Health Centers And Rural Clinics: State and Federal Implementation Issues for Medicaid's New Payment System: GAO-05-452

June 2005
GAO Reports;6/17/2005, p1
Government Document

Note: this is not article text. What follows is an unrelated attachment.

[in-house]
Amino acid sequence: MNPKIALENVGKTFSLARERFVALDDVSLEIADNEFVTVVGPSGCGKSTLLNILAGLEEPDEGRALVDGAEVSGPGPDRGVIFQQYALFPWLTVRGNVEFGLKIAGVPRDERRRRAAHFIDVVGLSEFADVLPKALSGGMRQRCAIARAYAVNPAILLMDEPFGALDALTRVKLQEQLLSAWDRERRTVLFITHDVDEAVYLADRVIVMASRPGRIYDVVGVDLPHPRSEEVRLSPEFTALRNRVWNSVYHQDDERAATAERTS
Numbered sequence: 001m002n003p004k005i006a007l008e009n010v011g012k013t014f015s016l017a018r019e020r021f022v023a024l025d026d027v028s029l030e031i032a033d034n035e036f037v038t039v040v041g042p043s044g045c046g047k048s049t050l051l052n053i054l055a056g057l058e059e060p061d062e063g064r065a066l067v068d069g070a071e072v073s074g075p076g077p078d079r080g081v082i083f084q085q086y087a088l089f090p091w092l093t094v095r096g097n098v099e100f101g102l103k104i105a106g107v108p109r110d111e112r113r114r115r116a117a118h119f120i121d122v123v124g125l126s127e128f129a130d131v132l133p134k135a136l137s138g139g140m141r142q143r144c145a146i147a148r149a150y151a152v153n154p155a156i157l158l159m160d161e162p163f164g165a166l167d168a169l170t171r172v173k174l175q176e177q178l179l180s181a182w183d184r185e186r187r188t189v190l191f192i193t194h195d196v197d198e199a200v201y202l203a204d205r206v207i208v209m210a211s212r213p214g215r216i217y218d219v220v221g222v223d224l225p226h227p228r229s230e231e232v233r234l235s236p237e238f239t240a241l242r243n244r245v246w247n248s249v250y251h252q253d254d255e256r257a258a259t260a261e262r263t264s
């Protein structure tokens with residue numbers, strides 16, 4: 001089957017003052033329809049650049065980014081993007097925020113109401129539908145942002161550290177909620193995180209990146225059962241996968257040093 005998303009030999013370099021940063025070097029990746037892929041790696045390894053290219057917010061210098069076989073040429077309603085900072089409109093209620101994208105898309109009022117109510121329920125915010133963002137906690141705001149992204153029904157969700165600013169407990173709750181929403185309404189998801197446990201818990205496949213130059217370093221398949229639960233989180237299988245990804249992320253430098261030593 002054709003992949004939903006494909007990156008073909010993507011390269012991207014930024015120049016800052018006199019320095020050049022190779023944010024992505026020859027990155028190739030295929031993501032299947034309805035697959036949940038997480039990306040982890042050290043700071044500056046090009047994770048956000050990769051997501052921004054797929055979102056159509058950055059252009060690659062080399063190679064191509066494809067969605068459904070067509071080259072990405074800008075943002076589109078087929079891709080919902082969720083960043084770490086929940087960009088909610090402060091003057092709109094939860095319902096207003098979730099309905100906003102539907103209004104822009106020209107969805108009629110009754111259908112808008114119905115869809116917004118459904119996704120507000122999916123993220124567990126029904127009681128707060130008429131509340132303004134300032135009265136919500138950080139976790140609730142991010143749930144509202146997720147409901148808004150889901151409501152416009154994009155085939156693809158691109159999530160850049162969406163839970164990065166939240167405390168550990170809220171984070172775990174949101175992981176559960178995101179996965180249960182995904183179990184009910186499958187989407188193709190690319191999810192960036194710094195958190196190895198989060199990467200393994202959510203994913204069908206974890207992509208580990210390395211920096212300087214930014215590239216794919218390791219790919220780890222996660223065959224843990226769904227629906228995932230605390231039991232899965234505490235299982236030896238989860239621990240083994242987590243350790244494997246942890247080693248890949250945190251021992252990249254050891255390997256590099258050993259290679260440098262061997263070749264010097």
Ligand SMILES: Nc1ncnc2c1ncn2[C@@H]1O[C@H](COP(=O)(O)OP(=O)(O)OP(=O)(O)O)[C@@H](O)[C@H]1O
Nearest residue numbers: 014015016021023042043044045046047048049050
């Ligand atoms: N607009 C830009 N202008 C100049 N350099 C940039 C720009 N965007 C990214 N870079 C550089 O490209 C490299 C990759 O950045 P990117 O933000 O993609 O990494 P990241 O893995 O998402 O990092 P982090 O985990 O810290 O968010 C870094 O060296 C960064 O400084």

The Medicare, Medicaid, and SCHIP Benefits Improvement and Protection Act of 2000 (BIPA) established a prospective payment system (PPS) for Medicaid payments to Federally Qualified Health Centers (FQHC) and Rural Health Clinics (RHC), giving providers a financial incentive to operate efficiently. BIPA requires that BIPA PPS rates be adjusted for inflation and changes in scope of services. States also may use an alternative methodology if it pays no less than the BIPA PPS rate. In response to a BIPA mandate, GAO reviewed states' implementation of the new payment requirements, the need to rebase or refine the BIPA PPS, and the Centers for Medicare & Medicaid Services' (CMS) oversight of states' implementation. GAO surveyed the states about their payment methodologies, did a targeted review in four states, and reviewed indexes used to reflect medical care inflation. GAO's review of states' implementation of Medicaid's new payment system--the BIPA PPS and alternative methodologies--for FQHCs and RHCs identified certain issues regarding the appropriateness of some states' methodologies. Most states used the BIPA PPS and about half of states used an alternative methodology--generally cost-based reimbursement or a PPS with features slightly different from those required for the BIPA PPS--to pay at least some of their FQHCs, RHCs, or both. States took an average of slightly more than a year from the legislation's January 1, 2001, effective date to implement their BIPA PPS, and a few states had not completed implementation as of June 1, 2004. GAO identified three significant issues with states' new Medicaid payment systems. First, some states' BIPA PPS payment rates may be inappropriate because they did not include all Medicaid-covered FQHC and RHC services in the rates as required by law. Second, as of June 1, 2004, over half the states using the BIPA PPS had not determined how they would make the required adjustment to BIPA PPS rates for a change in scope of services. Third, some states did not ensure that their alternative methodologies resulted in payments no lower than what the FQHCs and RHCs would have received under the BIPA PPS. Evidence to date is insufficient to determine the need to rebase or refine the BIPA PPS. Concerns exist that the statutorily specified annual inflation index used to adjust the BIPA PPS is inappropriate because it not only increases more slowly than do many FQHCs' and RHCs' costs but also does not reflect the services these providers deliver. Other indexes GAO reviewed had a similar shortcoming. GAO's analysis determined that no inflation index has been developed that reflects the services typically provided by FQHCs and RHCs. Because many states no longer require FQHCs and RHCs to submit cost reports, comprehensive and current Medicaid cost data are no longer available to help inform an evaluation of the need to rebase or refine the BIPA PPS. Although GAO's comparison of cost-based and BIPA PPS rates from four states showed that cost-based rates generally exceeded BIPA PPS rates, not all factors contributing to the higher rates are known. Differences between cost-based and BIPA PPS rates varied widely within and among the states reviewed, which also limited the ability to draw conclusions about the need to rebase or refine rates. CMS guidance and oversight regarding the new BIPA payment requirements were inadequate to ensure consistent state compliance with the law. CMS guidance did not fully address certain requirements, and as states developed their new payment systems, they lacked important information clarifying the new requirements. As a result, uncertainties exist regarding how states were to implement some BIPA requirements, such as how to adjust BIPA PPS rates to account for a change in scope of services. CMS has conducted limited oversight of states' implementation and therefore was unaware of compliance issues with some states' payment systems.


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